Discussion Paper Details

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Title: Job Tenure: Does History Matter?

Author(s): Alison L Booth, Marco Francesconi and Carlos Garcia-Serrano

Publication Date: January 1997

Keyword(s): Job Mobility, Job Tenure, Layoffs and Quits

Programme Area(s): Human Resources

Abstract: This paper uses the retrospective work history data from the British Household Panel Survey to examine patterns of job mobility and job tenure for men and women over the twentieth century. British men and women hold an average of five jobs over their lifetimes, and one-half of all lifetime job changes occur in the first ten years. For both men and women, the separation hazard is increasing in the first few months of a job, and declines thereafter. History is found to affect job tenure in two important respects. Individuals entering the labour market earlier in the twentieth century are characterized by different tenure patterns than later cohorts: job tenure is typically longer for earlier cohorts, and there are more pronounced gender differences. Individual history also matters: job accumulation is associated with longer job tenure and, as jobs accumulate, women are more likely to shift into part-time employment while men are more likely to shift into self-employment.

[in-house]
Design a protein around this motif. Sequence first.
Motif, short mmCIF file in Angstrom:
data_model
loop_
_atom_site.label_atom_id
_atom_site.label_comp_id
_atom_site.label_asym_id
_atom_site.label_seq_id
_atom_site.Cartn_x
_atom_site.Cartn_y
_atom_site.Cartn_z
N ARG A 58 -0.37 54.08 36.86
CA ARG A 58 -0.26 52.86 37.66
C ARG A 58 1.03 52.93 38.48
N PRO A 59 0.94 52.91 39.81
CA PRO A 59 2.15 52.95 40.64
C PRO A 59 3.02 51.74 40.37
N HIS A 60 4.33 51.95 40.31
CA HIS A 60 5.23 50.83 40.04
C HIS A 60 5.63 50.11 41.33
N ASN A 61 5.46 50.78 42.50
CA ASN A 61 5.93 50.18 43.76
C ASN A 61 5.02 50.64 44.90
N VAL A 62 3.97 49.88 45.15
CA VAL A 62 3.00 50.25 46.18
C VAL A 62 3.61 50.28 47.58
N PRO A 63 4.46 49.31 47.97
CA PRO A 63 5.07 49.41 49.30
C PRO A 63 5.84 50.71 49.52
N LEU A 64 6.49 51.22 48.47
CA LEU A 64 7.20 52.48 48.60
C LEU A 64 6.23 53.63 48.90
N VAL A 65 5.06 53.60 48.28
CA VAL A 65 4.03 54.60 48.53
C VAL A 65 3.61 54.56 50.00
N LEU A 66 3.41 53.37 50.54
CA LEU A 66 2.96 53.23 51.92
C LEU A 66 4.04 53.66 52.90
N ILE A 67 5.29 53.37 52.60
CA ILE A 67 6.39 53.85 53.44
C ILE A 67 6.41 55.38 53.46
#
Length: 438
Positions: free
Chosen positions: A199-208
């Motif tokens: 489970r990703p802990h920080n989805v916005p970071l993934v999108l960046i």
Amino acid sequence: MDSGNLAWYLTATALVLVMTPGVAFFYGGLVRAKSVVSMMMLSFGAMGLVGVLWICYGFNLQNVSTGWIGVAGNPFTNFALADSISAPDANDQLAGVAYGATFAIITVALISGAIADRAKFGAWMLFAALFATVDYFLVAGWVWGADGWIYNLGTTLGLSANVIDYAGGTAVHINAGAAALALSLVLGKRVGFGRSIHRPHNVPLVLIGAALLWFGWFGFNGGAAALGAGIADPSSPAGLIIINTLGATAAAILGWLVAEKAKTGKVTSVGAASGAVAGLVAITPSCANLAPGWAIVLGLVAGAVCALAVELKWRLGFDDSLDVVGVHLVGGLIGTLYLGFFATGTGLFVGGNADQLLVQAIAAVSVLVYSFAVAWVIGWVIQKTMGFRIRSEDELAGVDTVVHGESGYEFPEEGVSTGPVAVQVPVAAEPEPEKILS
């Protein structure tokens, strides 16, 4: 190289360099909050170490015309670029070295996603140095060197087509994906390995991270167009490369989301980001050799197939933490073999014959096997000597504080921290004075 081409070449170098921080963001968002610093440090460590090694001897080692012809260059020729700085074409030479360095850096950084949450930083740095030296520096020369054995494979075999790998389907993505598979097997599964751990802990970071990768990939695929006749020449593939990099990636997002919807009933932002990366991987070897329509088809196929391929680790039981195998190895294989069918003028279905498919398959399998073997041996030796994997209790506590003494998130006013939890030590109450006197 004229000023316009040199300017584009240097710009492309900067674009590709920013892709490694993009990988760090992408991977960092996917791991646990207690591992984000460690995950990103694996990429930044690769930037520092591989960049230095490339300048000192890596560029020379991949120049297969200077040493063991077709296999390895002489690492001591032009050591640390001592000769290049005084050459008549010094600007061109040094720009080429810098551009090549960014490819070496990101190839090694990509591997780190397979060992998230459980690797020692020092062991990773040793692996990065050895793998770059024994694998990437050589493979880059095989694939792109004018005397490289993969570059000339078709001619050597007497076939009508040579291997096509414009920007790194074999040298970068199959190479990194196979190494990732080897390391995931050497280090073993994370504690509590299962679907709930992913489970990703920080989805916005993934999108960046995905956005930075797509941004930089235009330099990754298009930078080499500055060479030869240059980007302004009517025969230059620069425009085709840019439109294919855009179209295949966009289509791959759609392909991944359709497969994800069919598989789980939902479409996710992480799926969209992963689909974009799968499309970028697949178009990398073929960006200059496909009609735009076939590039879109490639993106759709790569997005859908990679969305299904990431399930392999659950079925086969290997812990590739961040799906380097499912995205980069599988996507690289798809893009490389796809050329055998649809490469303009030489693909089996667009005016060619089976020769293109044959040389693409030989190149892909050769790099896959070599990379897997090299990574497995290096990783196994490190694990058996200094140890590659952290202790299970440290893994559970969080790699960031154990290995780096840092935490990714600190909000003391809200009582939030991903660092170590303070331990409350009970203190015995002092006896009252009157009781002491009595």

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Bibliographic Reference

Booth, A, Francesconi, M and Garcia-Serrano, C. 1997. 'Job Tenure: Does History Matter?'. London, Centre for Economic Policy Research.